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How to Buy a Home During the Coronavirus Pandemic


Family running into home together

If you’ve been thinking about buying a home for a while, but COVID-19 put a wrench in your plans, we totally understand. However, with mortgage interest rates at an all-time low, and home prices also predicted to fall, according to real-estate database Zillow, now might be the time to take action.

Of course, safety is a top priority for all of us in these unpredictable times. If the idea of entering a strange home has understandably given you cause for concern, many real estate agents are now offering virtual open houses, 3-D tours, and video conferencing. If you’d prefer to see your future home in person, many agents have also taken social distancing precautions and cancelled open houses, keeping the amount of people in a home at one time limited, and enforcing the use of masks, booties and even gloves. Note, many states are also requiring buyers to fill out paperwork before going on showings to prove that they are not showing symptoms. Be prepared to bring your own mask, and if you are unable to wear one for any reason, make sure to tell your real estate agent in advance so that they can make appropriate accommodations.

Once you’ve decided a new home is likely in your future, you’ll want to take advantage of the current mortgage rates by starting the prequalification process.

What does that mean? A prequalification letter is a document from a mortgage lender that shows how much they are willing to lend you based on certain factors about your finances. To start the process, you’ll need to provide proof of income, asset information, a government-issued ID and your Social Security number, and you’ll need to allow the lender to pull your credit.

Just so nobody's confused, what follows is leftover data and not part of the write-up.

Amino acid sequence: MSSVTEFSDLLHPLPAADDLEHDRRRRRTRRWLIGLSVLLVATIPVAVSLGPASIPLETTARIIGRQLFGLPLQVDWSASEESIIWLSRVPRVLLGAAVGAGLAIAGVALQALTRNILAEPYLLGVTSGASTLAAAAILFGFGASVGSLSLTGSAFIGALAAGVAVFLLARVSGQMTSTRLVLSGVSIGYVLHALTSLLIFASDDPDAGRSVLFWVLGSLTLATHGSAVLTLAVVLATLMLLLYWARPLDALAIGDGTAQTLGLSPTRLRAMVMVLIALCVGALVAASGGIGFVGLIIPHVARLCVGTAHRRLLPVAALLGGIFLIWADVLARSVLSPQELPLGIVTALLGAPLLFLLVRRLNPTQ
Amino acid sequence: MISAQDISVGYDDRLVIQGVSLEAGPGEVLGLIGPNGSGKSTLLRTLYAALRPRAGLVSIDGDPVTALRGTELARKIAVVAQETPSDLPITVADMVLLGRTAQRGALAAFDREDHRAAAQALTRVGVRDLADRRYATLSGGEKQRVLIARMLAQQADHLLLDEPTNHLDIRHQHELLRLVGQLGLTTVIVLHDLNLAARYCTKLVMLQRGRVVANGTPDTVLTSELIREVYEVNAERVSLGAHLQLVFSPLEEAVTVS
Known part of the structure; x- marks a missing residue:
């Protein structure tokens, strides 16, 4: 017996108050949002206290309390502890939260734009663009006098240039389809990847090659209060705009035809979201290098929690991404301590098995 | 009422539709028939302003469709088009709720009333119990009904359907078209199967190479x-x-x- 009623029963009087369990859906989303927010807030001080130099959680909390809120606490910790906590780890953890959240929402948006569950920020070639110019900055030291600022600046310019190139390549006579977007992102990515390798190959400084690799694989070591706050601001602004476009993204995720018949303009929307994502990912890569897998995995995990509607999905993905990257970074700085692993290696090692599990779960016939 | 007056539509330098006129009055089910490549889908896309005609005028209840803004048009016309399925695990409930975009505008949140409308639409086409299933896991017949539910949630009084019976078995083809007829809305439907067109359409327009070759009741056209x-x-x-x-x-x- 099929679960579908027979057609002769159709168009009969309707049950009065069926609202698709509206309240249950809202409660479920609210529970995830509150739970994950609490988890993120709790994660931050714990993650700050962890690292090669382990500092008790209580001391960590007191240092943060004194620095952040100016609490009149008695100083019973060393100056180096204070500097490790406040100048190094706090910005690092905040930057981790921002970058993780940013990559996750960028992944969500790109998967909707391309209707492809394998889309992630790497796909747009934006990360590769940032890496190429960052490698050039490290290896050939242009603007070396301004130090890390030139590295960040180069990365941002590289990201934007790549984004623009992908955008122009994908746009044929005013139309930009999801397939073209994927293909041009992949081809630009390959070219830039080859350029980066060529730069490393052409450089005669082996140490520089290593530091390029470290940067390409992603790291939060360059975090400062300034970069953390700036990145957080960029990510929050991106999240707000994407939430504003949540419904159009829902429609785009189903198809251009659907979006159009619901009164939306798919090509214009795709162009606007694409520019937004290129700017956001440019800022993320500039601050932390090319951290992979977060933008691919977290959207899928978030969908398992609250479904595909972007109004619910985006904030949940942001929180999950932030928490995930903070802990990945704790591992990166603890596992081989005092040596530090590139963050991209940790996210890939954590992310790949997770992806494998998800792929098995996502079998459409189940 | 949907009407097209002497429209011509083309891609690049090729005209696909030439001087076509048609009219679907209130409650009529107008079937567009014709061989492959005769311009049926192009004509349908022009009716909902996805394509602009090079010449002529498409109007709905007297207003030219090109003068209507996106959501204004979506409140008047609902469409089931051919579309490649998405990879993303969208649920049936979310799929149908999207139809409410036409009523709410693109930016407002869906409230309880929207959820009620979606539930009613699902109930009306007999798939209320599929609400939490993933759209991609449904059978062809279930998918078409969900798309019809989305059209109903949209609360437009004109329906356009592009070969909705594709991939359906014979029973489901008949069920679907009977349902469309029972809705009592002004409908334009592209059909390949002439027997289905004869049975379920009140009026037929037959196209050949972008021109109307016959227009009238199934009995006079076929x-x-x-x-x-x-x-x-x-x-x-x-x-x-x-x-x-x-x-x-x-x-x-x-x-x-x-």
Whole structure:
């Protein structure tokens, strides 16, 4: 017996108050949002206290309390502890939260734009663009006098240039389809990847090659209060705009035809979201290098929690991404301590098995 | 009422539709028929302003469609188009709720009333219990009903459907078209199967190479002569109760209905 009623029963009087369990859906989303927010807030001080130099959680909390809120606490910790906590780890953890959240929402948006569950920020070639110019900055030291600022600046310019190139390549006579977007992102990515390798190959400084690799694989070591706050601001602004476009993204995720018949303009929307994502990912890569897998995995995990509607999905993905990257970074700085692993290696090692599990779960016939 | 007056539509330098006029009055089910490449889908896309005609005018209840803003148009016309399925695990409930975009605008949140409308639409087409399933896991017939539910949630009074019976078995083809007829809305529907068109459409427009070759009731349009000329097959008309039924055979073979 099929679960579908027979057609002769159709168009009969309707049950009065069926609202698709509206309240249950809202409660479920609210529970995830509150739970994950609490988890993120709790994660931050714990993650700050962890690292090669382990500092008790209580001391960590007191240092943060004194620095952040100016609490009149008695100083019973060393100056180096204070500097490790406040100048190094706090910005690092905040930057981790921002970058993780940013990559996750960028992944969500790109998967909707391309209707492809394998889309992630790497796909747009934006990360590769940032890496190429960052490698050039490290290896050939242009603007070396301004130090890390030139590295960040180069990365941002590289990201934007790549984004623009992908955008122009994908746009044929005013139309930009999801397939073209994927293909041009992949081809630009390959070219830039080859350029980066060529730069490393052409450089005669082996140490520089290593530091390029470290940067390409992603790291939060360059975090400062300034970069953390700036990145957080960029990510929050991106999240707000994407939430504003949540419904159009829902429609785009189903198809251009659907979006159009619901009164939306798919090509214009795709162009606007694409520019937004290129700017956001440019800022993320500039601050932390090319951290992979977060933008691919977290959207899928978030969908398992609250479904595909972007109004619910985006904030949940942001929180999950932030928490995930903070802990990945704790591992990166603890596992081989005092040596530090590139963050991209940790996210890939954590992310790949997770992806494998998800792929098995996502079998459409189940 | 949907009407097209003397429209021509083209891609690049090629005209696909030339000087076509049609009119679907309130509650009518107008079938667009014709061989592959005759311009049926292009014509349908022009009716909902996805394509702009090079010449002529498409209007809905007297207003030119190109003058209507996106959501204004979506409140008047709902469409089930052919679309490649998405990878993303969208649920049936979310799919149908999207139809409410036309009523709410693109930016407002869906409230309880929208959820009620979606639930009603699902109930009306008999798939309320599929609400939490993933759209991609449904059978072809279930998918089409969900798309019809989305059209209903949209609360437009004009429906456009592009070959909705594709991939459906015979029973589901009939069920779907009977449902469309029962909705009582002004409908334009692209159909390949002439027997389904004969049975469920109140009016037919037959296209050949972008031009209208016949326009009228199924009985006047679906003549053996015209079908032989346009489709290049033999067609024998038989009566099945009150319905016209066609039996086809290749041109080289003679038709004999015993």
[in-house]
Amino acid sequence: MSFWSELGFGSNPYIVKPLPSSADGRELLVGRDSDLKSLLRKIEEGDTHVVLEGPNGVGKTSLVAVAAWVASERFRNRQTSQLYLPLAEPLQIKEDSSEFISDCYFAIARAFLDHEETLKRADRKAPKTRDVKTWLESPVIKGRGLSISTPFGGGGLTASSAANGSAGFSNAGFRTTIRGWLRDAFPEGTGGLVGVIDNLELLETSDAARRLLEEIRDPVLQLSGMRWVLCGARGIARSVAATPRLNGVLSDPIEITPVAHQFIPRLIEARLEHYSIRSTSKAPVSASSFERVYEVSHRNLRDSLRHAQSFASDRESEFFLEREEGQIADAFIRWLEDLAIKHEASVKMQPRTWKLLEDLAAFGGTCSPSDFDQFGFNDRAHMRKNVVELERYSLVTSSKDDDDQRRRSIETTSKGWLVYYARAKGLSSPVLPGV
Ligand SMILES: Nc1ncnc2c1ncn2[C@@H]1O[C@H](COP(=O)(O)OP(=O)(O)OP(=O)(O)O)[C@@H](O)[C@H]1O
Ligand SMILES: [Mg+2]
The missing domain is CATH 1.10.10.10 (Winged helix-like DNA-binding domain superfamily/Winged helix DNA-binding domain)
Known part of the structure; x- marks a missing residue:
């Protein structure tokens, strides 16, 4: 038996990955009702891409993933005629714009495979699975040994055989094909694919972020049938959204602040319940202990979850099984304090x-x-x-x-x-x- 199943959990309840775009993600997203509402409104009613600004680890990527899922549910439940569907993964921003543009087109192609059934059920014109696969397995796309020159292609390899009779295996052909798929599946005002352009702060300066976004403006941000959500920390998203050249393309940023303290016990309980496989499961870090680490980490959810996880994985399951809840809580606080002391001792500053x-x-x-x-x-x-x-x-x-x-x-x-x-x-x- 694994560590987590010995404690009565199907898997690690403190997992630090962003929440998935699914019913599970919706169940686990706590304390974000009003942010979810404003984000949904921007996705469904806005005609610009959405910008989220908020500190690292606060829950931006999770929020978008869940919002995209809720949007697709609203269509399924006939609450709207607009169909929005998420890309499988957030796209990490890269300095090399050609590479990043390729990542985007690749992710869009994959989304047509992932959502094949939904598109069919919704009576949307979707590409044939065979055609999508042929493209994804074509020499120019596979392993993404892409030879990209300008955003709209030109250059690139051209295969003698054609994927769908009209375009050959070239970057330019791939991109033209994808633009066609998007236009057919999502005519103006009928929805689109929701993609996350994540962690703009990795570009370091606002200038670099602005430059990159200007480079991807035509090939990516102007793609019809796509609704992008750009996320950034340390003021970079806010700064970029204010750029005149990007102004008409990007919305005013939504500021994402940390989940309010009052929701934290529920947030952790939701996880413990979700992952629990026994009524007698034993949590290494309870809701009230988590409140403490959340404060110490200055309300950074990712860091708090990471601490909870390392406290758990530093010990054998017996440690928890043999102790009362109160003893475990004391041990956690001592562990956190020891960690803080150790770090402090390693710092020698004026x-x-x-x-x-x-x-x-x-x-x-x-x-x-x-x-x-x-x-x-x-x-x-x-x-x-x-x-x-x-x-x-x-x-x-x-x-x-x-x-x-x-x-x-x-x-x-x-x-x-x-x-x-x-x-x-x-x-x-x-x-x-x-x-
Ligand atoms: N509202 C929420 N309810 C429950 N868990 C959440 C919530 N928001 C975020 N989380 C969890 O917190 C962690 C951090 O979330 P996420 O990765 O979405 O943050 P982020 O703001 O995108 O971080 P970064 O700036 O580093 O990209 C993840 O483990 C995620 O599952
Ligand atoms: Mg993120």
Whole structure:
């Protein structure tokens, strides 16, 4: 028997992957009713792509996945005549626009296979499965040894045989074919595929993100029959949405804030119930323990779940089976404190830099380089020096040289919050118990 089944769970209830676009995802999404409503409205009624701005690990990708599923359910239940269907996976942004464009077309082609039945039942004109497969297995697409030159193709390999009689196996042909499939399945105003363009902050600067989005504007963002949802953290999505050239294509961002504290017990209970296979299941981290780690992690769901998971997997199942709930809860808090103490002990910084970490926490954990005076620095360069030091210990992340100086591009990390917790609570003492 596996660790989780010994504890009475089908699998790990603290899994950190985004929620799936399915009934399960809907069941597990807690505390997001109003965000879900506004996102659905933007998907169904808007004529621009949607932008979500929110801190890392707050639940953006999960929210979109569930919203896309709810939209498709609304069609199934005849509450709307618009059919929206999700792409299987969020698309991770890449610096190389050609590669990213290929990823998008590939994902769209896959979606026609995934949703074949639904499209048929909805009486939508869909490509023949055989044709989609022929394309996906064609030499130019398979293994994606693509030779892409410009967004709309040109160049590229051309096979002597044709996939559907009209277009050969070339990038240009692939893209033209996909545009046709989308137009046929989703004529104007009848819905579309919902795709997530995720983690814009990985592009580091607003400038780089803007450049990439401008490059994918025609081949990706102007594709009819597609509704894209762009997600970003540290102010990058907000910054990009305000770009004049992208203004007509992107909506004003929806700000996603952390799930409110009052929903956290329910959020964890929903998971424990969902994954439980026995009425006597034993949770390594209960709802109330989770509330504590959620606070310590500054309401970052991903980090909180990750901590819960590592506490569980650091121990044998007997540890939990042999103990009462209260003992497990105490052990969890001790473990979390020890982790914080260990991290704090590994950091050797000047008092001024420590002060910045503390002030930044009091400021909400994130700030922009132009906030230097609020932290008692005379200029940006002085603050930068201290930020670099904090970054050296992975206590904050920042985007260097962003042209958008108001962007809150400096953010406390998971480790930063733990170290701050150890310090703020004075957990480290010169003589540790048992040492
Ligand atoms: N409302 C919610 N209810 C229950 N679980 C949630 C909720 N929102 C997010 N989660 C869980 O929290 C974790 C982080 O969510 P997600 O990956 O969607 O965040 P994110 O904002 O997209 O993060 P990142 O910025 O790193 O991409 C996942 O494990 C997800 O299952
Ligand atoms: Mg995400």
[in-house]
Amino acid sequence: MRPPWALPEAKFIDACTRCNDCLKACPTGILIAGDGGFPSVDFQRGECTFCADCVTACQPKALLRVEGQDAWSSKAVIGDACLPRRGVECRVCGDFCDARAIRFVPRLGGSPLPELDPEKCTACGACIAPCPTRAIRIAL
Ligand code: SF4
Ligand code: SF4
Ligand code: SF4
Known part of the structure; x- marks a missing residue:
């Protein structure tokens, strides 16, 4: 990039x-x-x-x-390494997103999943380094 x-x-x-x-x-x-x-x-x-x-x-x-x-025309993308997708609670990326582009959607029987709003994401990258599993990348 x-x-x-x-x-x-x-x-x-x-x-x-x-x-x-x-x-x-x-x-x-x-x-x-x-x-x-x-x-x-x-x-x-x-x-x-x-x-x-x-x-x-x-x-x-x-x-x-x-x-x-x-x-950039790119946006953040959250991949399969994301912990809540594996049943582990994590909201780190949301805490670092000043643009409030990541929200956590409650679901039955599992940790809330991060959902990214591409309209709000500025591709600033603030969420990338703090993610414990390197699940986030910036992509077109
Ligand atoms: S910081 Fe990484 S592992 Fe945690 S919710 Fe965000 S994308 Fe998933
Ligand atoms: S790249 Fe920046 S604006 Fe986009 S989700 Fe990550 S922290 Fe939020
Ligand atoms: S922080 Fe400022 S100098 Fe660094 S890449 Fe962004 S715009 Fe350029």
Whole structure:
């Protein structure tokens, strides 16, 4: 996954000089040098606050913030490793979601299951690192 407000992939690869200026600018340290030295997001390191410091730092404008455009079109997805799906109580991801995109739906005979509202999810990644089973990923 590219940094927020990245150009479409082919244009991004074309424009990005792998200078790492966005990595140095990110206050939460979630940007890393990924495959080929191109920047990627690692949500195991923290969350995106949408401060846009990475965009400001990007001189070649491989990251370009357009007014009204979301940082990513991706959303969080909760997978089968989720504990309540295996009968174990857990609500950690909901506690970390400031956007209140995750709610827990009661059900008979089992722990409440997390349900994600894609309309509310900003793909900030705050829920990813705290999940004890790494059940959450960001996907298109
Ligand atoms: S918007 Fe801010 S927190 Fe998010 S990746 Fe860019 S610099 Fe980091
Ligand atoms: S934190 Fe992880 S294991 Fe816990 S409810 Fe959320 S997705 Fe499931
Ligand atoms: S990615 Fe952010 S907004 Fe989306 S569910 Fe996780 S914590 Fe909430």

Typically, you’ll end up with a letter within 24 hours, showing how much you can afford to borrow, what your interest rate could be, and an estimate of your monthly payment based on assumed taxes and insurance.

Make sure to do your research about your potential future home and neighborhood, and consider taking a homebuying 101 course (link to homebuying on tap when it’s live). Depending on your own situation as well as that of the home (is it new, or will it require a lot of renovation, etc.), you may have a variety of mortgage options to choose from.

Once you’ve found what you think may be the right home for you, and have your prequalification letter in hand, be prepared to move quickly. With limited inventory in many states, in some ways, COVID-19 has expedited the speed at which other buyers may be making offers. Put your best foot forward, and don’t be surprised if you encounter some strong competition on the way. Good luck! 

Ready to be an owner? Get up to $750 toward your closing costs with a mortgage from Service Credit Union*.

*Offer may be discontinued at any time. To qualify for a $250 credit towards closing costs (except for recurring closing costs such as property taxes, and any type of insurance, etc.), applicant must open or have primary share account with balance of at least $5 in good standing with Service Credit Union (SCU) at the time of loan closing. To qualify for the additional $500 credit towards closing costs, applicant must establish, or have, at the time of loan closing direct deposit to their SCU checking account and an ACH automatic payment from their SCU checking account to pay the monthly mortgage payments. Any portion not used towards closing costs will be waived. Credit will be applied at closing and cannot be transferred or exchanged for cash equivalent.

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